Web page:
Vow of Coffee and Steamed Milk Just Hot Air
by Brian Donahue
Park Avenue residents have been fooled again. An iron clad agreement between city officials and a developer for a cafe has proven not worth the paper it wasn't printed on.
It's the second time in recent years that city officials quieted neighborhood opposition in the same area by promising to deliver a coffee shop. It's also the second time developers have reneged.
As part of negotiations between city officials and San Mateo-based Prometheus Real Estate Group over a new building at 1401 Park Avenue, Emeryville Planning Director Charlie Bryant extracted the promise in part to blunt neighborhood opposition. The building, first proposed as an office building, morphed into a large condominium project after the dot-com bubble imploded. After failing to catch the speculative bubble in office space, the property's owners ended up missing the housing boom too. When the structure was finally complete, the market had collapsed and the building was converted to rentals.
During the planning period opposition sprang up, led by residents of an earlier condo project. Residents of 1500 Park Avenue and others were concerned that the new structure would partially or entirely obstruct their views of the East Bay hills. Mr Bryant succeeded in soothing the opposition by extracting promises of a street level cafe with sidewalk seating and a wireless network for what officials were billing as a burgeoning historic district.
Park Avenue residents built their case against the new building because plans exceeded the city's height and lot coverage regulations for the area according to Emeryville's zoning ordinance.
Once Prometheus agreed to a cafe, opposition was mollified and the city council gave its approval.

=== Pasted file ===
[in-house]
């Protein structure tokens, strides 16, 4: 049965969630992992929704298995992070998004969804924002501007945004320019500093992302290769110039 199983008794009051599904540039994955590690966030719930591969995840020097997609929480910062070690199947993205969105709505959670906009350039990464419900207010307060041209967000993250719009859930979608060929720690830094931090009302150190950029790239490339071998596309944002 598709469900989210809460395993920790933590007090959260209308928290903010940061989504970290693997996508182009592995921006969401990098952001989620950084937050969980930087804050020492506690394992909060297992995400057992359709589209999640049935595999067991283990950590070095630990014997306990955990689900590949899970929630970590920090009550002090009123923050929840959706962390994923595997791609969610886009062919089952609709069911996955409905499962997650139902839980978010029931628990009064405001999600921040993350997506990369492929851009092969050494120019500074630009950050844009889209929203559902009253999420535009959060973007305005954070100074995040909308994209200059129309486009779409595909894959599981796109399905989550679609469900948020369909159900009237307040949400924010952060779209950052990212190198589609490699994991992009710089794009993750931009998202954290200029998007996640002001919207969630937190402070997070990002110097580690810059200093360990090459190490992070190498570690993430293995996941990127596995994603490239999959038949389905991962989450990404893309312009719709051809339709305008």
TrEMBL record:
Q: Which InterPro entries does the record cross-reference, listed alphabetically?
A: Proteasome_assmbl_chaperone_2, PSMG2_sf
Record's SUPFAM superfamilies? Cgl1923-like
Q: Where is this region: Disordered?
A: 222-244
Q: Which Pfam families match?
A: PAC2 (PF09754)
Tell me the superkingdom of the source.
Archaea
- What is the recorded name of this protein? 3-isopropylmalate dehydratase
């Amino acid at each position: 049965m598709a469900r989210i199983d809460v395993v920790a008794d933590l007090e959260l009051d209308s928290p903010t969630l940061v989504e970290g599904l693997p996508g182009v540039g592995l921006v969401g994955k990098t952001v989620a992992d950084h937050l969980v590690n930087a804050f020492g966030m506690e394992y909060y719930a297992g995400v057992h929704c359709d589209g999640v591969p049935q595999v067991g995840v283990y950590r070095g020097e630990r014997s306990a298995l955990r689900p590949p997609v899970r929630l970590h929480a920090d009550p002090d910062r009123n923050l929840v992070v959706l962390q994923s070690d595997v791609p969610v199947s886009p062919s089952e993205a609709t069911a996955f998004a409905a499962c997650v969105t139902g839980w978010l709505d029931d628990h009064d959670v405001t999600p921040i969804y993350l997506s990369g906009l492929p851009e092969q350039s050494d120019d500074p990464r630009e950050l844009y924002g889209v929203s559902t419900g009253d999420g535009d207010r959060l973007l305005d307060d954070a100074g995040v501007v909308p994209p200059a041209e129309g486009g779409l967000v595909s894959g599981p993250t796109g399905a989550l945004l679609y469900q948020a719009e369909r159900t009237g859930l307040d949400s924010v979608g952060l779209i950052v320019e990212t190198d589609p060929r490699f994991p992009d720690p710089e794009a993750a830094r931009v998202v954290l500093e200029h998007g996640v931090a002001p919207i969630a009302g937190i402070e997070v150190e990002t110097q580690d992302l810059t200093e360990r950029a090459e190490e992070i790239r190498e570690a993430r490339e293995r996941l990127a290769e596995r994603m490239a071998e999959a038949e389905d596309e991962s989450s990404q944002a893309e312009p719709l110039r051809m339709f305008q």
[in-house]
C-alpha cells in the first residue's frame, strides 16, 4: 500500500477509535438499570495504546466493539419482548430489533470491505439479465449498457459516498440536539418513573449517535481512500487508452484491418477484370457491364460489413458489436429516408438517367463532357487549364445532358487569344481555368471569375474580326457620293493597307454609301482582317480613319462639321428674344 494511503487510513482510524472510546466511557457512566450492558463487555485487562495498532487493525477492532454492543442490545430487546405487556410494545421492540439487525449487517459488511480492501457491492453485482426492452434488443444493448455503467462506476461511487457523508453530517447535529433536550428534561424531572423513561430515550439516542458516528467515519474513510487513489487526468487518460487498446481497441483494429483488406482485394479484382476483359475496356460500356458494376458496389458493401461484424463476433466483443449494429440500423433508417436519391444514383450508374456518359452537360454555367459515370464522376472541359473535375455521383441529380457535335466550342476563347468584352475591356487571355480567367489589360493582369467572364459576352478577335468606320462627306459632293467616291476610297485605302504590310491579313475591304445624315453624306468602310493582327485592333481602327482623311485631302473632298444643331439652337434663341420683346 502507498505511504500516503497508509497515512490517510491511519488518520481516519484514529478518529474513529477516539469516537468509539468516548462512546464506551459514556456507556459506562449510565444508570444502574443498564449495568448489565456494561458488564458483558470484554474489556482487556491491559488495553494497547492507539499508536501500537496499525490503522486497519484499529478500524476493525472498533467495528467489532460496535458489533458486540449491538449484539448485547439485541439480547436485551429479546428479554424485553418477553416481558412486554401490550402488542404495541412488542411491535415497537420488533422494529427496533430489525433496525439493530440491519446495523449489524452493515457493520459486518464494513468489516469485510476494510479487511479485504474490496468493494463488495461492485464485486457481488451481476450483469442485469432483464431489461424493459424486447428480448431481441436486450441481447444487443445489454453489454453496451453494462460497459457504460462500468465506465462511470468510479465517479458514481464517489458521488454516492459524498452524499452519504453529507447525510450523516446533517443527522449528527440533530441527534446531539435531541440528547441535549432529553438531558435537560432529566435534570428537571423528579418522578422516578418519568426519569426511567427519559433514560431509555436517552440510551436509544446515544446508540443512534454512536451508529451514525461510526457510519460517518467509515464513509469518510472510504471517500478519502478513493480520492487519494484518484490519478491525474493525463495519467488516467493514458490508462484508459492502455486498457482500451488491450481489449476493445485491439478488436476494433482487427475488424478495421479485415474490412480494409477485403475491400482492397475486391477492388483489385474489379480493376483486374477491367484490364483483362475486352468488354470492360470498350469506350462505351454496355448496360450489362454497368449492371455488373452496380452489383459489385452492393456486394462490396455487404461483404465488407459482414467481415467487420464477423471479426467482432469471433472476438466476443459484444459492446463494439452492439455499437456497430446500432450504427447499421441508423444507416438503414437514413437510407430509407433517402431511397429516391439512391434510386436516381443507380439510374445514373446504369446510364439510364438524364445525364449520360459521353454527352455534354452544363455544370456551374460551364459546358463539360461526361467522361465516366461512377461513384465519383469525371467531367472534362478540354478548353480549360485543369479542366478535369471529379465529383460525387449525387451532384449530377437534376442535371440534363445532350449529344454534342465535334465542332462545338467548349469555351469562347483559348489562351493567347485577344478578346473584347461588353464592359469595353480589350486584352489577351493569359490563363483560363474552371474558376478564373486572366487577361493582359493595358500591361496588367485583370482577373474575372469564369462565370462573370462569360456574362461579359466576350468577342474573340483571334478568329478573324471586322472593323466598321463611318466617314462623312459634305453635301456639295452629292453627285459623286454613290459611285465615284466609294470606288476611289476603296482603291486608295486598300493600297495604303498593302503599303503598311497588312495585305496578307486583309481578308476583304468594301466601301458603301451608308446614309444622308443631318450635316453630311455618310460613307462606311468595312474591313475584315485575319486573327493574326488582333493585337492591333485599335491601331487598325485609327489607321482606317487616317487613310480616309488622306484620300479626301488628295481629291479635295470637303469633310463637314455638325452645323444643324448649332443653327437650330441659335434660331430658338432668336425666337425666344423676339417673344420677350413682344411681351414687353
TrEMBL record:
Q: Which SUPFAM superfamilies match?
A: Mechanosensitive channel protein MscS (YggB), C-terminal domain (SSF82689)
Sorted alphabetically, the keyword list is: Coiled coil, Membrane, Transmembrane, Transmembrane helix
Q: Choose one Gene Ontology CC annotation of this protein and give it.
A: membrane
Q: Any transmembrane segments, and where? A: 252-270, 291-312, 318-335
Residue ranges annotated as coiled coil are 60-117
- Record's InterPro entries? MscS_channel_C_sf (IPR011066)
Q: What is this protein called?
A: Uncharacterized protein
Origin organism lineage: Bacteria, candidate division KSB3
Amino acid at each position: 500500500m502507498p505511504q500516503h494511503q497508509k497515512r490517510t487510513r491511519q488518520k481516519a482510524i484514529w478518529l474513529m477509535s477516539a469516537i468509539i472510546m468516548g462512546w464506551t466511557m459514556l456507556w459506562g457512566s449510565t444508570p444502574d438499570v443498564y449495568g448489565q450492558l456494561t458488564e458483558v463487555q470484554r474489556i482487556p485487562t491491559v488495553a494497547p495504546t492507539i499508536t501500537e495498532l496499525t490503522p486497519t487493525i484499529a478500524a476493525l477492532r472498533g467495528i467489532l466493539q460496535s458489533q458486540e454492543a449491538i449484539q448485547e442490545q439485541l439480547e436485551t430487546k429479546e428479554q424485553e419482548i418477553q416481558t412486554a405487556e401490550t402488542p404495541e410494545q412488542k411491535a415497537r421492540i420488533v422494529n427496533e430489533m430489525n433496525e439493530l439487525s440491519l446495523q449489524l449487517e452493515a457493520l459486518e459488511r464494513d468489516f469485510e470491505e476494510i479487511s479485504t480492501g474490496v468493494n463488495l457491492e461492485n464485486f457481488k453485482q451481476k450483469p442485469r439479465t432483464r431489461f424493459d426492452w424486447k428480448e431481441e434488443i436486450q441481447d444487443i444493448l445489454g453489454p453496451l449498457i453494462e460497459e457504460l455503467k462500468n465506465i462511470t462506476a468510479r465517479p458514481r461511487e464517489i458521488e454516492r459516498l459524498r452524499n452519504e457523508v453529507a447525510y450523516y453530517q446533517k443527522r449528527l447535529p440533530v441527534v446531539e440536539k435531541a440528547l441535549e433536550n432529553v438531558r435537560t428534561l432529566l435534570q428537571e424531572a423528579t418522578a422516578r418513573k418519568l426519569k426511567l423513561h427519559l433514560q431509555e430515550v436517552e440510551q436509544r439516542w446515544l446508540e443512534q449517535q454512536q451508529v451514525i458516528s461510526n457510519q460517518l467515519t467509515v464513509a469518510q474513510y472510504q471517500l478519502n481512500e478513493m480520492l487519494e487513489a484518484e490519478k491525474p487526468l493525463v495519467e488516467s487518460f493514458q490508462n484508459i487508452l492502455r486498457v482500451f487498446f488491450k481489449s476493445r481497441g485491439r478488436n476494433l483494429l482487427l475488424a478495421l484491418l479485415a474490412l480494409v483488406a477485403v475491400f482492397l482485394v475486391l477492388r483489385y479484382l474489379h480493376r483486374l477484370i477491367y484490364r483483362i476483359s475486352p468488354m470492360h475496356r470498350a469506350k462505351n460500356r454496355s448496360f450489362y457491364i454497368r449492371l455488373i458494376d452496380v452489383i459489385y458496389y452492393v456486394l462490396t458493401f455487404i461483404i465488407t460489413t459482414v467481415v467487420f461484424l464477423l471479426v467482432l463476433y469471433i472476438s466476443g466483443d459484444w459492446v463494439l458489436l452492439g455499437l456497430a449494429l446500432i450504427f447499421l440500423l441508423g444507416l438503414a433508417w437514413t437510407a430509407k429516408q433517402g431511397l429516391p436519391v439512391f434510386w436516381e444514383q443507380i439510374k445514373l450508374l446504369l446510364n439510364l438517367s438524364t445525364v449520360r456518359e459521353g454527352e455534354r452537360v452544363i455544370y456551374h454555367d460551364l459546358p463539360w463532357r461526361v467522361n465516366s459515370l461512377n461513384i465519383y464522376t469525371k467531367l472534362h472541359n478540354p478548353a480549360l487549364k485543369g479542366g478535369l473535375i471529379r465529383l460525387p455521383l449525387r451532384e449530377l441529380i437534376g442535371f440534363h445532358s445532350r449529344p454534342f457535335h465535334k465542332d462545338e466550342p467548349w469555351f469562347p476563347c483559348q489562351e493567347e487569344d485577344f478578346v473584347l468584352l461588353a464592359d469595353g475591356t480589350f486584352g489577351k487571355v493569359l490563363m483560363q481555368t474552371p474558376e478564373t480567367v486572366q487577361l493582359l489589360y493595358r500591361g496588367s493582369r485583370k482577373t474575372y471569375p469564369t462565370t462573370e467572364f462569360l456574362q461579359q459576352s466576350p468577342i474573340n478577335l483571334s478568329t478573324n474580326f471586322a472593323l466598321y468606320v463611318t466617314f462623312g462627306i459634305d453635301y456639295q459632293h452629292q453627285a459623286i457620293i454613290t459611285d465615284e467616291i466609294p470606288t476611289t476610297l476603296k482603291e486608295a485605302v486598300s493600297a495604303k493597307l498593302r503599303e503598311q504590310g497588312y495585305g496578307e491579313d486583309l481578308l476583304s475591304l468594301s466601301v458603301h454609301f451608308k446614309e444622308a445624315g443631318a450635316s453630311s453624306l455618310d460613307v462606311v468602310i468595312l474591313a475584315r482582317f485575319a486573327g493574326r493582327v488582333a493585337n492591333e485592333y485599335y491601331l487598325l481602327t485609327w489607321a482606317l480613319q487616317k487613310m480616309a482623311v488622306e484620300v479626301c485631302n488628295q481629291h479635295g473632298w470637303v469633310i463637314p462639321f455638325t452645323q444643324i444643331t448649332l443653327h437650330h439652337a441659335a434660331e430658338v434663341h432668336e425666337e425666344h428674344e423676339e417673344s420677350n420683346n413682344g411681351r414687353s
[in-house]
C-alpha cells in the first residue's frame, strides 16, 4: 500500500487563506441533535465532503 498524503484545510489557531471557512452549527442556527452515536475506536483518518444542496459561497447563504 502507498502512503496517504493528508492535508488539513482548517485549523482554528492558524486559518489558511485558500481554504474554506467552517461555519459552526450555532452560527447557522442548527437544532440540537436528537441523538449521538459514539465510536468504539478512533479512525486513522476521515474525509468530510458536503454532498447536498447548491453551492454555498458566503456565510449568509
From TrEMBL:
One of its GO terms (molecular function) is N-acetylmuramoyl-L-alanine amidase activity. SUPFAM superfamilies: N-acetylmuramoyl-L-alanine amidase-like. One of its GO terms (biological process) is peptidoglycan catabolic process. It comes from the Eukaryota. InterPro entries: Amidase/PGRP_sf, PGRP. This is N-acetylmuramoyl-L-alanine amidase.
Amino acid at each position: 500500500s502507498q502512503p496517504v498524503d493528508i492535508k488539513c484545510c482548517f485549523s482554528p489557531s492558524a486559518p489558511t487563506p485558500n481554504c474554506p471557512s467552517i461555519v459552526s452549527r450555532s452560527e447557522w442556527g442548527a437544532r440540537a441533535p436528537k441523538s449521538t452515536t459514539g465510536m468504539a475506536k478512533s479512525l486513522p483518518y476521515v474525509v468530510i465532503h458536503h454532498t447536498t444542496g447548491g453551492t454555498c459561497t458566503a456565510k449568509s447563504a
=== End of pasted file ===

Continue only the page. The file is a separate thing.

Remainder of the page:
As it turns out, residents have been waiting in vain. Construction finally underway inside the cafe space is for an exercise room exclusively for building residents. Call it a classic 'bait and switch.'
This is the second time a cafe was promised on Park Avenue as part of a development project. Peet's Coffee agreed to add a retail coffee house as part of its agreement with the Planning Department in 1995 when the company relocated its roasting operations and corporate offices from Berkeley. Neighbors are still waiting. The planning department never got the assurances in writing. Peet's officials later admitted they never had any intention of opening up a retail store on the site.
Residents have been fooled again. Once again, the planning department failed to get a written agreement and Prometheus is under no legal obligation.
Charlie Bryant meanwhile, relayed that Prometheus blames the tanking economy for making a cafe no longer viable. One wonders if back when he was disarming opponents, Mr Bryant couldn't have made it clear that there was no written guarantee.
Of course had he done that, the residents might have renewed their opposition.